Inside the meeting, delegates will discuss and then vote on policies that have largely been decided by the leadership. Much attention, as in previous years, will be on the economy. A growth target will be reaffirmed, which is likely to be that contained in the current Five-Year Plan of 7.5 per cent. More interestingly will be what is said about how to implement the economic reform agenda set down in the Third Plenum document. Hot topics here will be how to move forward with reform of the financial system, especially banking, opening the capital account further, and increasing RMB usage in international trade settlements.

One worrying issue for delegates will be the growth of the shadow-banking sector, especially the participation of state-owned banks through wealth management products, and other derivatives. This is largely unregulated and although the absolute size is probably much less than some alarmist commentary would suggest, it has grown rapidly, albeit from a tiny base. Rapid build-up in municipal government debt may also be keeping delegates awake at night. We can expect some policy initiatives to address concerns in these areas.

The environment – specifically air pollution – is one area where discussions may stray from the script. Delegates last year squinted out of their hotel windows to try and discern through dense smog what was on the other side of the street. In the past week, Beijing’s pollution reading has regularly reached “hazardous” levels. The Government is increasingly concerned about growing popular resentment that much is said but little seems to be done to fix the problem.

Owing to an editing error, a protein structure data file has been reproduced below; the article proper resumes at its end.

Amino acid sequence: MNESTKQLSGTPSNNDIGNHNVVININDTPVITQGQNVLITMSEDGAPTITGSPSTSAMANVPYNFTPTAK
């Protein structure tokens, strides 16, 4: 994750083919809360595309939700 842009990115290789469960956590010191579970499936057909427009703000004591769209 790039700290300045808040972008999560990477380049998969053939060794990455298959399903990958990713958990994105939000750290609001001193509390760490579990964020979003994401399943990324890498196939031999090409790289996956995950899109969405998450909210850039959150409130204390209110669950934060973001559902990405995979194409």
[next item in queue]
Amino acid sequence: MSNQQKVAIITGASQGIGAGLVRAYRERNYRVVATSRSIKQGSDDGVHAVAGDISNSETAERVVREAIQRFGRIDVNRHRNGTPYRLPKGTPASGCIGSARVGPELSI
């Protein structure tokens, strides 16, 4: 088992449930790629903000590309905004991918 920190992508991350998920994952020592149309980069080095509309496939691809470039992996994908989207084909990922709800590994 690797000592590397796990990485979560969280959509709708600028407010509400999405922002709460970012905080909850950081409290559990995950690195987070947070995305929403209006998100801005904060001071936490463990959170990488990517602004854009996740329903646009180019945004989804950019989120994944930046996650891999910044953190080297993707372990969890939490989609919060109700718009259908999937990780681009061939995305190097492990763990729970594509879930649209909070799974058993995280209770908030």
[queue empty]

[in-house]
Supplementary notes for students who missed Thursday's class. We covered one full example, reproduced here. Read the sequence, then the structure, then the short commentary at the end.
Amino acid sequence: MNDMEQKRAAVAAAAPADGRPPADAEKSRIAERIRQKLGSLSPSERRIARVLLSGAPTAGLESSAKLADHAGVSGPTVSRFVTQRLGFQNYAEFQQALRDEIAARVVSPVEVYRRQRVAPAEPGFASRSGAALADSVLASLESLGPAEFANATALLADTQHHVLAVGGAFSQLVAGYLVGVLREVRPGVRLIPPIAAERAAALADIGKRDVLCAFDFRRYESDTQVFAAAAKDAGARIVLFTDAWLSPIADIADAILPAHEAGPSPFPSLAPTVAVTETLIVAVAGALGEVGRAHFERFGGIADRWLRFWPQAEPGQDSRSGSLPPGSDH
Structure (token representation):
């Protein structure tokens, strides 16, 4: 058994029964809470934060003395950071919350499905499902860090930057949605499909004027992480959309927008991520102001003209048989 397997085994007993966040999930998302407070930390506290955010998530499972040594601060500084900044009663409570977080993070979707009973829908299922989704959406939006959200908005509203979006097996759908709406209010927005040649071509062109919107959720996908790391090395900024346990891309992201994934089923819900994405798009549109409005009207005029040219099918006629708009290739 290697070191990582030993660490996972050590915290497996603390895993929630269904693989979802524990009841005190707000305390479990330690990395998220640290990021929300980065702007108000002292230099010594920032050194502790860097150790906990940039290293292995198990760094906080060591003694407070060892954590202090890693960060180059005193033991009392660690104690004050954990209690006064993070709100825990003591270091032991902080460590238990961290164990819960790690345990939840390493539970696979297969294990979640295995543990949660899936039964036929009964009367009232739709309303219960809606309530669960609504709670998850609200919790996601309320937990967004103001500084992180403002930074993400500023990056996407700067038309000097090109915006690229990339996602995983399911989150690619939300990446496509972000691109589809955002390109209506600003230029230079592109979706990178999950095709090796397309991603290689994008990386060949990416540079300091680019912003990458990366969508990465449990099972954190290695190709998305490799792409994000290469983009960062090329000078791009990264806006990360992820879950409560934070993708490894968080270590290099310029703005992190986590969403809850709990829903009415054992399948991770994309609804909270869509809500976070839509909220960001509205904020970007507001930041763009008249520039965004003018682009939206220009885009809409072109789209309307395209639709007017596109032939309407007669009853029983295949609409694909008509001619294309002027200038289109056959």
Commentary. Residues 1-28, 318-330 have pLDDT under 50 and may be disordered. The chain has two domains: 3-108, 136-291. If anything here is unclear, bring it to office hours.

Foreign policy is also likely to command greater attention than in recent years. The heightened tensions with Japan over the disputed islands alone would ensure that nationalism at the meetings is at the fore, but to that can be added the South China Sea and a sense in Beijing that the international settings are starting to change more quickly - and in ways that may be to China’s advantage. Xi’s more assertive foreign policy will be strongly supported.

Delegates will be keen to express views on social policies, ranging from health care and insurance, aged pensions, urbanisation and reform of the hukou system, population policy, income inequality, escalating cost of housing, food self-sufficiency and rural land reform. The policies to address these issues are all set out in the Third Plenum document. What will need watching are the concrete measures that emerge to begin implementing them.

In recent years, carefully managed policy debates have been encouraged, in part as a valve for disaffection as well as to create the impression that the NPC is more than a rubber-stamp parliament. But this year’s meeting will ultimately be all about Xi Jinping: his consolidation of power; the reach of the austerity and anti-corruption campaigns; and his capacity to push through much needed economic reforms. Some are beginning to fear, however, that perhaps too much now depends on just one man.

Geoff Raby is Chairman and CEO of Beijing-based advisory firm Geoff Raby & Associates, and a former Australian Ambassador to China.